Impeach: The Case Against Donald Trump
by Neal Katyal
I urge anyone interested in the future of our country, in the future of our democracy, in the future of the American “experiment,” to read Neal Katyal’s new book, “Impeach: The Case Against Donald Trump.”
Katyal is a lawyer who, as he writes, “has argued more United States Supreme Court cases than just about anyone,” convincing “everyone from Justice Scalia to Justice Ginsburg to side with his clients.” Currently a law professor at Georgetown University, he is a former acting U.S. Solicitor General of the United States. As you can guess from the book’s title, he is most definitely in favor of the impeachment and removal of Donald Trump.
But Katyal is also a self-described “extremist centralist,” meaning, in his words, “I try to find wisdom in all sorts of places and don’t disagree with Republicans on everything—not even with President Trump.” Katyal even formally introduced Neil Gorsuch to the U.S. Senate at his confirmation hearings. “Gorsuch wasn’t my friend, but I had seen him in court many times and knew he would continue to be a real judge.” Frustrated by Republican votes against the confirmation of the eminently qualified Elena Kagan, Katyal writes, “I wanted Democrats to apply the same yardstick to Justice Gorsuch that I felt Republicans should have applied to Justice Kagan.”
Katyal employs what he calls the “Yardstick Rule” because “the only way to preserve the rule of law is to apply the same standards to everyone, regardless of whether or not you agree with their views.”
“Impeach: The Case Against Donald Trump” is the most contemporaneous book on our current impeachment debate that you can read. Published on Tuesday, November 26, it covers events and testimony as recent as last week. And yes, as I said earlier, Katyal is firmly for impeachment and removal. But he writes, “I don’t want you to simply take my word on whether the president has committed a high crime.” (Katyal describes as clearly as anyone I’ve ever read, the meaning of “high crimes and misdemeanors” in the context of impeachment.) His goal is “to provide you (the reader) with the information you need to decide for yourself.”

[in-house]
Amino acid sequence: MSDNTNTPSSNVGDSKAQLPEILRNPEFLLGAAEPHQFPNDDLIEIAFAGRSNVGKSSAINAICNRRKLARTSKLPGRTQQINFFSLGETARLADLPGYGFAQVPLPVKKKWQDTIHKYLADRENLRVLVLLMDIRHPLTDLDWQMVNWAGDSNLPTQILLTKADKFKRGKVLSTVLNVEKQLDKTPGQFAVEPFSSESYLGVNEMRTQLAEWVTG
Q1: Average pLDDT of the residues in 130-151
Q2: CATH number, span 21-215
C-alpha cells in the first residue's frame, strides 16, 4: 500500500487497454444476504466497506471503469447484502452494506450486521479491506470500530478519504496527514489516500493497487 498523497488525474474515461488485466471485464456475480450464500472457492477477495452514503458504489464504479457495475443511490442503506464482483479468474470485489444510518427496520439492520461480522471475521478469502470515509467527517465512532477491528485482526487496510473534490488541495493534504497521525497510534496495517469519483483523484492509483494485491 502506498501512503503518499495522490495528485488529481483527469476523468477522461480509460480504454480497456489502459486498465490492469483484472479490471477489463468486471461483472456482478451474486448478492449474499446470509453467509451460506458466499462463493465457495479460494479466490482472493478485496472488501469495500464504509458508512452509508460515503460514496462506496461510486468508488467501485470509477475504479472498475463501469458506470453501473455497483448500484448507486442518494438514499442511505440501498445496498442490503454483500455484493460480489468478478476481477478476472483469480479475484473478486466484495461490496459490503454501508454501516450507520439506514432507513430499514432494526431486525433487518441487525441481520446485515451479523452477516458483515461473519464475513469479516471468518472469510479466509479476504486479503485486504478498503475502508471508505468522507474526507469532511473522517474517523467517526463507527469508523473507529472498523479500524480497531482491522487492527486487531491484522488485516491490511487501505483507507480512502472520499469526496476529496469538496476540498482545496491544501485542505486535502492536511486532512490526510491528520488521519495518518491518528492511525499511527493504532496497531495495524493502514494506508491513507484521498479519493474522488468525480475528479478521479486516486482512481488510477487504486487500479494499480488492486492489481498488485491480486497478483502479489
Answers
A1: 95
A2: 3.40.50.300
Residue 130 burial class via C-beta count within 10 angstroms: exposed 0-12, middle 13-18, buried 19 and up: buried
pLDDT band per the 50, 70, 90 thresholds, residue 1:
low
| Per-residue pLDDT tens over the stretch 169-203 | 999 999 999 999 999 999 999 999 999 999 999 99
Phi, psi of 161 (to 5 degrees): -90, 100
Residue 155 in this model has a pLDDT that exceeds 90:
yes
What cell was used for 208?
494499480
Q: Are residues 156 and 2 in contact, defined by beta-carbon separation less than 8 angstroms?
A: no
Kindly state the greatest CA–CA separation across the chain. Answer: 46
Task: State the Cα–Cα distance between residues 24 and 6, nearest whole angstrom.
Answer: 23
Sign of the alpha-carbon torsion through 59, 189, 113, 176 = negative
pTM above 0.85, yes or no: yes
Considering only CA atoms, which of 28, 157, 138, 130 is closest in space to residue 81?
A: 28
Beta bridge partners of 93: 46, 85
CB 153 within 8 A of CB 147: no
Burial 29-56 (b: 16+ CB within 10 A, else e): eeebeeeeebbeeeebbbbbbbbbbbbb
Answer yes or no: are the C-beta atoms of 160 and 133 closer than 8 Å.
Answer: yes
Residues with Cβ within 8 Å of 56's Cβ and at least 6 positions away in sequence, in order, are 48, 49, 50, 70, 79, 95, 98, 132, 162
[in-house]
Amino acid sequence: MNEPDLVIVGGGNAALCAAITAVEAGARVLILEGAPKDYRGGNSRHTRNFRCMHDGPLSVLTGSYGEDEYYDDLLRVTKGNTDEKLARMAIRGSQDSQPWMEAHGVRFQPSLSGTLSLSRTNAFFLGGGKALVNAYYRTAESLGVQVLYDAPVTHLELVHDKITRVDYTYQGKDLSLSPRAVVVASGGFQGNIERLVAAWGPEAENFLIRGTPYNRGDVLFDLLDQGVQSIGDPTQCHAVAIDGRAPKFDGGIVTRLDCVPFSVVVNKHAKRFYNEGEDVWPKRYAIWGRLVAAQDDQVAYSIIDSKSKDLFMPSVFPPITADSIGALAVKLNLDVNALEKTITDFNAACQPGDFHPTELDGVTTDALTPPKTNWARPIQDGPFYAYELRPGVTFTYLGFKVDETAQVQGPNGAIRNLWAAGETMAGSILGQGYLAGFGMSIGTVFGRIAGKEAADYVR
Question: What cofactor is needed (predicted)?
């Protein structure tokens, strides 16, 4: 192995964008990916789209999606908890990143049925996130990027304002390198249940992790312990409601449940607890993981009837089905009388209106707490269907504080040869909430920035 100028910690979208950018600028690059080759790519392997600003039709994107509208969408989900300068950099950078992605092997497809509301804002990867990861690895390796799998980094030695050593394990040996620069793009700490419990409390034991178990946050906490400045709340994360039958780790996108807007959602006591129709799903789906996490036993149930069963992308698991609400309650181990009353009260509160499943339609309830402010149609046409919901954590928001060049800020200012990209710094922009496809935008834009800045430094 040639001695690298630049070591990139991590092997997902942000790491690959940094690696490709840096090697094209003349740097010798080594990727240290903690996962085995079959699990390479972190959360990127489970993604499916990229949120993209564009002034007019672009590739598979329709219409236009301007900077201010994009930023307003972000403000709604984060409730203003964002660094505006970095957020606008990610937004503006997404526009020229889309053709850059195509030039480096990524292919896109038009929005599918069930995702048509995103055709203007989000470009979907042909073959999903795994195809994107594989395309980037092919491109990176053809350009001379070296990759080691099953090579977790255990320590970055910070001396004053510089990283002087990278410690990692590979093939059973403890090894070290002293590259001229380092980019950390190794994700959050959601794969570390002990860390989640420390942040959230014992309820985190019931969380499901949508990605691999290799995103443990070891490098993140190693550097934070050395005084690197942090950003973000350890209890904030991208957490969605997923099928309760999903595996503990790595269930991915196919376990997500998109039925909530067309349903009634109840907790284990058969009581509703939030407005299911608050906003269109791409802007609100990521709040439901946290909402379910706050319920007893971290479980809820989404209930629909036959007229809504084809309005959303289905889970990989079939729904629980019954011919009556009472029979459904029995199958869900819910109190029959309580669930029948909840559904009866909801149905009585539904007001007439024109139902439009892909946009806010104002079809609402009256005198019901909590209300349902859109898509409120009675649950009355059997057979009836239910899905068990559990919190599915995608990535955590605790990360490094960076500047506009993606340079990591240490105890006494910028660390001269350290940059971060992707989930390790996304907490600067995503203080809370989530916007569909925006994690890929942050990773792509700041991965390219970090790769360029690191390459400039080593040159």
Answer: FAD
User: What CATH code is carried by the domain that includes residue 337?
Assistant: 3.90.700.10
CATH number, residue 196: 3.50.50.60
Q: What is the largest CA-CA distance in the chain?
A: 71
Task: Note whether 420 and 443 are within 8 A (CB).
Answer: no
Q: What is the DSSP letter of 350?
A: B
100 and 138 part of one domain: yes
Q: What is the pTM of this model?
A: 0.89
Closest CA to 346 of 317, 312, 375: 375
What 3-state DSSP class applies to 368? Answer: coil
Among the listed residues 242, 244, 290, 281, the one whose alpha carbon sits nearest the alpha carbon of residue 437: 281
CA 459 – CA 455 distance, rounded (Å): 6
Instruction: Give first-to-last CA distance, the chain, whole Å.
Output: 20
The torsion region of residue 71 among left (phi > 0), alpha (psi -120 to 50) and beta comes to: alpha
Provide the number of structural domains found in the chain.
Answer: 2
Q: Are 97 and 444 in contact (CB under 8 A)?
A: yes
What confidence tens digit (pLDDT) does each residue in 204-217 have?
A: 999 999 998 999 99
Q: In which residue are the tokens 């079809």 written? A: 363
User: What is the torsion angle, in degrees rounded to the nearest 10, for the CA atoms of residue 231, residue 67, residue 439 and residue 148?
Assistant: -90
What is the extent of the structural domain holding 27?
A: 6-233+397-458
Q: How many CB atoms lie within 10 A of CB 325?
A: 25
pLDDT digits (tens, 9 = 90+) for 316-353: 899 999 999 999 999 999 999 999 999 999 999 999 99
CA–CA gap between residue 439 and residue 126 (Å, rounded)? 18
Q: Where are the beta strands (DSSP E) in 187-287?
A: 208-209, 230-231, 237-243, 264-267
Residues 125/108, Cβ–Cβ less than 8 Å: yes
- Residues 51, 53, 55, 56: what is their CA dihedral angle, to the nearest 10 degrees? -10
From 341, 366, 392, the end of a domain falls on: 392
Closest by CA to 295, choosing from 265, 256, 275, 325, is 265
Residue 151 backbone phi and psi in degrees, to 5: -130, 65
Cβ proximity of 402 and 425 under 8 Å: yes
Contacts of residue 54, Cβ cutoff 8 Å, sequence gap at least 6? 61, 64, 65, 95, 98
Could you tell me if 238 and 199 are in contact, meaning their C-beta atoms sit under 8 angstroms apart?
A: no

And in making that decision, all he asks of readers is to use the “Yardstick Rule:” “…apply the same yardstick to President Trump that you would to President Obama.”
One last thing: Katyal writes about a Congressman who said in 2008, “This business of high crimes and misdemeanors goes to the question of whether or not the person serving as President of the United States put their own interests, their personal interest ahead of public service.” That congressman: none other than Mike Pence, now Vice-President of the United States. Katyal call this the “Pence Standard” and uses it to test Congress’ “obligation to hold accountable a president who abuses the power of his office.” And asks you, the reader, to use that standard as well as you read through the facts.
Katyal provides those facts so the reader can “make a determination—not only about President Trump and Ukraine but about the history of impeachment: about why it was included in our Constitution, how it has been enforced throughout our history, and where all that leaves us today.”
By the way, for those who are reading averse or who don’t want to get bogged down in lawyer-speaking legalese, this book is not that but, in fact, a very informative, quick read.
Let me reiterate, I urge anyone who is interested in the future of our country, in the future of our democracy, in the future of the American “experiment,” to read this book. And that means anyone on either side of the political spectrum. Unfortunately, I fear that in our highly polarized, hysterically dug-in America, that’s not going to happen.